Measuring Up, Metrically Speaking

By Eve Pranis

"My students love to grow plants, they are excellent caregivers when motivated, and they also love contests," reports Nashville, TN, teacher Nancy Johnson. "I combined these facts with the need to teach my fourth graders the metric units of height, weight, and volume by setting up a contest to see which small group could grow the 'biggest' plants." Nancy provided the lima bean seeds and soil, and students discussed how to keep the race fair. They realized that they'd have to keep all growing conditions the same, Nancy reports. After all, if Johnny's group used fertilizer and other groups didn't, that wouldn't be fair, they reasoned. "My main focus," reports Nancy, "was on giving students an incentive to hone their metric measurement skills. Beyond that, I wanted them to think about controlling variables to provide a standard set of conditions."

To decide how to determine "the biggest" plant, students used texts for information about metric measurements for height, weight, and volume. They first used rulers to measure heights of standard objects to improve measurement skills, then measured the heights of their groups' plants. "Students wanted to measure the heights of the other groups' plants too," says Nancy, "to be sure that the 'competition' was also measuring correctly!" To reduce individual competition and increase cooperation, they totaled the sizes of each member's largest plant. Each child made an individual data chart for his or her journal, and the class made a group data chart to track the whole contest.

Students next learned how to find the mass of standard objects, then applied this to finding the mass of their own plants. "We had a lively discussion of the sources of error in finding the mass of plants!" says Nancy. "No one wanted to compare the mass of their plants, since it seemed that we'd have to take the plants out of the soil and dry them first." After learning how to use water displacement to find volume, students considered how they might find the volume of plants. But after much discussion, most students agreed that height in centimeters was the most accurate and fair measurement of "biggest" in this contest!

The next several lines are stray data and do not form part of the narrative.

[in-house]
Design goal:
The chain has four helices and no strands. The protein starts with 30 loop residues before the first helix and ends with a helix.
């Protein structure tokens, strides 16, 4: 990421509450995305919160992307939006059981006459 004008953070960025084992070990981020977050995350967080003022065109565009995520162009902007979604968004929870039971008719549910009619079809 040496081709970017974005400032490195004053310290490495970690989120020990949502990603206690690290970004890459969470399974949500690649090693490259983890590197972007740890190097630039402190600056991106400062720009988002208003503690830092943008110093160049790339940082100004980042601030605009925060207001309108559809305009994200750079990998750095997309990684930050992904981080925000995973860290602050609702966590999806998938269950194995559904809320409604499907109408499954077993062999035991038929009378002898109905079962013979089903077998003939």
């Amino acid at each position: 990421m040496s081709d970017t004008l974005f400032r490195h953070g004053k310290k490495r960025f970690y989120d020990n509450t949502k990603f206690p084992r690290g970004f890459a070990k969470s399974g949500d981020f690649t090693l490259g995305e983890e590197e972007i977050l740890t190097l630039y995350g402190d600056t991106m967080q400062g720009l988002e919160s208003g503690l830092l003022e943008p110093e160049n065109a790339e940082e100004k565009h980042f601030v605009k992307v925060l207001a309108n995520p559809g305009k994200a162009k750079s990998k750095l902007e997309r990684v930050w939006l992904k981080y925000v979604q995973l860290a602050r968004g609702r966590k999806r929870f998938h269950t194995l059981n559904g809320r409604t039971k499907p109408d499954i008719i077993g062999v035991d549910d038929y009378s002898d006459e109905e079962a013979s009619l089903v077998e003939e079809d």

Nancy characterizes the classroom during the contest as very active, with students working in groups of three using the measuring tool of the day, discussing results, and recording them on the classroom wall chart. "This hands-on, minds-on investigation helped students develop meaningful concepts about metric measuring. They learned about factors that influence plant growth, and became more autonomous as they set up the rules and conditions, grew their plants, and developed confidence in their ability to learn, to decide, and to control their world." She adds that once students had a good idea of keeping careful records and controlling conditions, the next step was to discuss how they might test the effect of one variable -- amount of light, for instance -- on plant growth.

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